Many students use credit cards for legitimate reasons, such as buying textbooks and meals or building a credit history. But lawmakers and consumer groups have attacked issuers for inappropriately marketing to students by holding giveaways on campus, mining alumni association databases and negotiating lucrative partnerships to provide university-branded credit cards. Several large issuers have been dialing back their promotions. Chase said it stopped using student mailing lists in 2006 and ended marketing on campuses and at athletic events by 2008.
Bank of America said it no longer sets up marketing tables at colleges, but it still maintains partnerships with about 700 alumni associations, athletic departments and some Greek organizations to offer college-branded credit cards to recent graduates. For example, it has a $2.8 million, seven-year contract with the Georgetown Alumni Association and its student credit union, which gives it access to the groups' mailing lists and pays a $50,000 bonus if the bank signs up 1,800 accounts in a year. On its Web site, the alumni association says the contract helps students because it pays for reunions, grants and scholarships, as well as a Sept. 11 memorial garden. The contract bans on-campus marketing and limits the number of direct-mail and e-mail campaigns.
Other Washington area universities, including Catholic University and Howard University, have similar agreements. A spokeswoman for Howard said the school is renegotiating a credit card contract with its alumni affairs department to ensure that students do not take on unnecessary debt, but she declined to elaborate. The college has also launched two financial-literacy programs for students, she said.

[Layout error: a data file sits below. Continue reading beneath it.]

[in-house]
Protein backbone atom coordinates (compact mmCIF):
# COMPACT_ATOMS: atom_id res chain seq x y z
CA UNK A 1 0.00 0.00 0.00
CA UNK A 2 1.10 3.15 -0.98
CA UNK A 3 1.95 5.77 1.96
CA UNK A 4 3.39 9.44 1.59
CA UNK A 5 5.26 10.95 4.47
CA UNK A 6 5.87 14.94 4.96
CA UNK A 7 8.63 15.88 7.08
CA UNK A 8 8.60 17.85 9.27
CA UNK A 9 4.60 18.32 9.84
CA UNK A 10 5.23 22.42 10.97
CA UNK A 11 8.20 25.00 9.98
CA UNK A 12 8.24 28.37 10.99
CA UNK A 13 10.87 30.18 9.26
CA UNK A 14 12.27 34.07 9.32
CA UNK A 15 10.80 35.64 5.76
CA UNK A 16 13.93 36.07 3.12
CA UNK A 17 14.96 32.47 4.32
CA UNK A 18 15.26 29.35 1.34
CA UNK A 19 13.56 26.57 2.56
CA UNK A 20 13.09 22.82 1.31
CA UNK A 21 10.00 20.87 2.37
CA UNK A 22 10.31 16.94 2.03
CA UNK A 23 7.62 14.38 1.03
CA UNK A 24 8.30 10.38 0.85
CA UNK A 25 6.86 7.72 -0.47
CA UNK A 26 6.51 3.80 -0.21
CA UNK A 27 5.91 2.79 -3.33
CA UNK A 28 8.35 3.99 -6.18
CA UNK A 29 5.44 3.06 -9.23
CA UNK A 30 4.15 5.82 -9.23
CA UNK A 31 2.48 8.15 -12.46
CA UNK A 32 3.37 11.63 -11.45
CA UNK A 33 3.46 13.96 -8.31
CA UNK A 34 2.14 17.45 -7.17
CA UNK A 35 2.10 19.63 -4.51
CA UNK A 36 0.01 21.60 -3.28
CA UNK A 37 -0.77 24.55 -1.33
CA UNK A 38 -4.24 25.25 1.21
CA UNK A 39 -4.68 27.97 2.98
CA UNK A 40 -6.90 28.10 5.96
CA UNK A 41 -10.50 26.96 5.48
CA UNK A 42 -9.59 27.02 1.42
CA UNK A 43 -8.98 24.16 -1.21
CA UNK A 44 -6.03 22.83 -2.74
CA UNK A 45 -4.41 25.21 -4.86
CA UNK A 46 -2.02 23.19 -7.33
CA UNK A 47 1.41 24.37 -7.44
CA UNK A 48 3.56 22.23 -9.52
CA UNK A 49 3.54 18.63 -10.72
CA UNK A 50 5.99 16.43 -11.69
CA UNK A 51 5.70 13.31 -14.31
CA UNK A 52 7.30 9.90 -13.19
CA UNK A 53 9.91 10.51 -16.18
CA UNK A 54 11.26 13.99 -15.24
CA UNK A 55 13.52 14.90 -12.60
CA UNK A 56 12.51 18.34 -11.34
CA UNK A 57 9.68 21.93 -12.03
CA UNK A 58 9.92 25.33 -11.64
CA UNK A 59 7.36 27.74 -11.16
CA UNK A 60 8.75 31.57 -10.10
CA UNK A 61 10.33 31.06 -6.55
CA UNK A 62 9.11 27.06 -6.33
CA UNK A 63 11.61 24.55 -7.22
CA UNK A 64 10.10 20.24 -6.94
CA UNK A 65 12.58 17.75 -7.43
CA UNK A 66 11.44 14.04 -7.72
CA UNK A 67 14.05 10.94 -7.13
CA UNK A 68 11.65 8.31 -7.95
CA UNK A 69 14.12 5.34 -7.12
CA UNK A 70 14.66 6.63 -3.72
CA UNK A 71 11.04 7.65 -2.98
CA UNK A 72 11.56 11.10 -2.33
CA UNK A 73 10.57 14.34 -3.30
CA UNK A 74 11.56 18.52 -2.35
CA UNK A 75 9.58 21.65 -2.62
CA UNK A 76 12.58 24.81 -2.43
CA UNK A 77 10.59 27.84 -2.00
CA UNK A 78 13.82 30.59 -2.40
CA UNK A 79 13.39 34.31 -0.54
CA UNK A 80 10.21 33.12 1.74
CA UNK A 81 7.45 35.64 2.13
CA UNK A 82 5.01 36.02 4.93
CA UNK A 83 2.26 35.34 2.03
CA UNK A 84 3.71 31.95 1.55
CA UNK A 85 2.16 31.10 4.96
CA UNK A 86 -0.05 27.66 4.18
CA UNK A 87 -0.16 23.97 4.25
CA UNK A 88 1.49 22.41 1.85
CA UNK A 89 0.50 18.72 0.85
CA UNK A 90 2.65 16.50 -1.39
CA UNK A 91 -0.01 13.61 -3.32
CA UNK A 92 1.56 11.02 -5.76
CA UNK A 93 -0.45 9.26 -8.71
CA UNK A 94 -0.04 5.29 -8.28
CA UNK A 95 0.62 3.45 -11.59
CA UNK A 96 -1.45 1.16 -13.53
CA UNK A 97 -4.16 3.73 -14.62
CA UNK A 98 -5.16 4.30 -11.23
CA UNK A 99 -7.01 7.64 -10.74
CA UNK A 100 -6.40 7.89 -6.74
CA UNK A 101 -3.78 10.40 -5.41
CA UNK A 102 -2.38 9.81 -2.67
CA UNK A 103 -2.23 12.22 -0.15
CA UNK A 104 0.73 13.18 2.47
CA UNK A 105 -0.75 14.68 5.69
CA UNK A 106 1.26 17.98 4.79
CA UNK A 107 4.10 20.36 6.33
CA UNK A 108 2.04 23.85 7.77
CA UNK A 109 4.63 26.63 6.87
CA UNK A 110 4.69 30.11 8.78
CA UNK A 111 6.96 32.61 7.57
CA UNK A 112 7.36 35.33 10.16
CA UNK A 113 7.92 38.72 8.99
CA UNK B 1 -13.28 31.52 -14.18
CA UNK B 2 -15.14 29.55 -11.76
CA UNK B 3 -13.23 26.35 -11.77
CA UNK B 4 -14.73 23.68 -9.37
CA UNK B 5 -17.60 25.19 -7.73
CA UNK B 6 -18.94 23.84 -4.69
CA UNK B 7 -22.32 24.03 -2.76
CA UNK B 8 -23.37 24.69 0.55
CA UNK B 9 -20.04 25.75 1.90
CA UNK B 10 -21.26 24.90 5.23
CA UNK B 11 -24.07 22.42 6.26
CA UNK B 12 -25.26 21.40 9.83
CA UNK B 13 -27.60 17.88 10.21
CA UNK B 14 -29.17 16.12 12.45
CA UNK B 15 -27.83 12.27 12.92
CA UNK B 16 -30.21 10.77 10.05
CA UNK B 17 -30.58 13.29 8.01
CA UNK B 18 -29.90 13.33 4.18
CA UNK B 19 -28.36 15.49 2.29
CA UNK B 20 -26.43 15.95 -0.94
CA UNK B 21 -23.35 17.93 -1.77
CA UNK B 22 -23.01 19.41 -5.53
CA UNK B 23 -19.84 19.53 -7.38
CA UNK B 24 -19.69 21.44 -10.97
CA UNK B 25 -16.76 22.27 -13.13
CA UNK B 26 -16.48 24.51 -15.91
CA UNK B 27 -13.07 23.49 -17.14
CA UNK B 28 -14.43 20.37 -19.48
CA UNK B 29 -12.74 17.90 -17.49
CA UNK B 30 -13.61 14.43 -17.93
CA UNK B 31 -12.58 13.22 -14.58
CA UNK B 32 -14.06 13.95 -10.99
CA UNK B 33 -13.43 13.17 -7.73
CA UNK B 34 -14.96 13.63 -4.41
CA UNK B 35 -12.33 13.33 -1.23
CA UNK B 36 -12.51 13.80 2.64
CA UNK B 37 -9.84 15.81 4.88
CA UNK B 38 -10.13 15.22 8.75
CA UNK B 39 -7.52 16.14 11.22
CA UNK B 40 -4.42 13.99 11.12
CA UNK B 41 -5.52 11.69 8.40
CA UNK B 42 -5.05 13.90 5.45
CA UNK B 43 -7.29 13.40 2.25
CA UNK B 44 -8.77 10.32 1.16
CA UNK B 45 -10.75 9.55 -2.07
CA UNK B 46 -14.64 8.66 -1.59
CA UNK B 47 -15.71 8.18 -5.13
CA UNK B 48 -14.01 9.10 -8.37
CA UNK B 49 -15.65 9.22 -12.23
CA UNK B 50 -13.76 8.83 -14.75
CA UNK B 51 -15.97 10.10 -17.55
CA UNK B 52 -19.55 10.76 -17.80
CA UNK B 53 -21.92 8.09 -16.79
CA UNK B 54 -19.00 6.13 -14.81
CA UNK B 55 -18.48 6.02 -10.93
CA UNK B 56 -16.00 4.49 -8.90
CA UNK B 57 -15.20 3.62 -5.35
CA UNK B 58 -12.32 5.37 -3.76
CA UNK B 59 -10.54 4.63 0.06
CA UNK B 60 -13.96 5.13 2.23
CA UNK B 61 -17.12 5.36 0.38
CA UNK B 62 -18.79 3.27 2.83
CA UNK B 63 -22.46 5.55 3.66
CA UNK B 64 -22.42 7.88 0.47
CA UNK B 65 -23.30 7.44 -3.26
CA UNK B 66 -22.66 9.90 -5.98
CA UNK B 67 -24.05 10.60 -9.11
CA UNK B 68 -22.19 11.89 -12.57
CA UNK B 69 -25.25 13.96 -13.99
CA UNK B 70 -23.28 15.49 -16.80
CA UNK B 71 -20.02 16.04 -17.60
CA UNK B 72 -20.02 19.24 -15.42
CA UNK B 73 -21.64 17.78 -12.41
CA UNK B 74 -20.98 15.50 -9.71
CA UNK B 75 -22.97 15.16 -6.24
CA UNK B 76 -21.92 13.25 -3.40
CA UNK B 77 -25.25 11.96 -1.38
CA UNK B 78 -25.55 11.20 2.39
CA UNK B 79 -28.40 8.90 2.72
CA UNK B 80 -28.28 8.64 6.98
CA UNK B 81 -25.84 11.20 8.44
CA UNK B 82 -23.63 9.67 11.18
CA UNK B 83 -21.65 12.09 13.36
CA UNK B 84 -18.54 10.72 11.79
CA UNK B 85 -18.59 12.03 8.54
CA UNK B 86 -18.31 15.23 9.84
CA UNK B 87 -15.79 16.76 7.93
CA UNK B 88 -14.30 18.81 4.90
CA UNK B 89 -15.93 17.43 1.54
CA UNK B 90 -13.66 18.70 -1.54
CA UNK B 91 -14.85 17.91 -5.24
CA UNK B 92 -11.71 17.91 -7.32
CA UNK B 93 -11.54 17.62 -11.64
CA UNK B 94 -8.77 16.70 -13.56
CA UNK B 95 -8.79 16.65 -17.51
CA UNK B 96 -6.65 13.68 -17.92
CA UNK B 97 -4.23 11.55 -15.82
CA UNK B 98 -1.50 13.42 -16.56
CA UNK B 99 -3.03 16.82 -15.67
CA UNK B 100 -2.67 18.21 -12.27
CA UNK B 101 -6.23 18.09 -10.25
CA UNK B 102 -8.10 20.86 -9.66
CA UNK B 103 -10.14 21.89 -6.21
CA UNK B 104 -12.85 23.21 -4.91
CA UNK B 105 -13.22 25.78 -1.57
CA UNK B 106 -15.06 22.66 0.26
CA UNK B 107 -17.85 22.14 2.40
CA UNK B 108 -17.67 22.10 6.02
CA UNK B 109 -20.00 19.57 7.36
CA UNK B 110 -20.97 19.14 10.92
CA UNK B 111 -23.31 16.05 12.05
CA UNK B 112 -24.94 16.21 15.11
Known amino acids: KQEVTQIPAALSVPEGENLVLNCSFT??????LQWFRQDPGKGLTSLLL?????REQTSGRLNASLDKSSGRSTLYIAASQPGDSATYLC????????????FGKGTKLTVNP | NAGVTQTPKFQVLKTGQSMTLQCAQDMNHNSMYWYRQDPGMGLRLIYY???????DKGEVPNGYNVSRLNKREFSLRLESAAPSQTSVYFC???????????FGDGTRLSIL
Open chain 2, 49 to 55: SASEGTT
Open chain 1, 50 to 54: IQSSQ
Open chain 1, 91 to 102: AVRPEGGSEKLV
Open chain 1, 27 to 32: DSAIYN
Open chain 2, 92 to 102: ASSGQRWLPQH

Under the new law, card issuers must submit any contracts they have with collegiate groups to the Federal Reserve, which will compile a report detailing the nature of the relationship. A Fed representative said the central bank is reviewing more than 1,000 agreements. Consumer advocates said they hope the legislation will increase transparency for such partnerships.
Still, sometimes even the strictest oversight cannot stop students from making mistakes.
Melanie Mirowitz, 21, a senior at American University, said she got a credit card with the blessing of her parents. They thought it would be a good idea to help build her credit history - as long as she used the card responsibly, she said. But paying the bill slipped her mind for a few months, and she racked up $500 in penalty fees.
"That wasn't a good conversation," said Mirowitz, who now tries to pay her balance on time each month. "They don't really explain it to you how it impacts you."
AU law student Steve vonBerg, 30, said his credit card initiation occurred shortly after he graduated from college. He racked up $7,000 in debt to fund a start-up business, which eventually shut down. It took him four years to pay off the card, he said.
Now older and wiser, he offered this advice to the new crop of students learning to juggle their budgets: "Don't take it into bars with you. Realize it's not free money."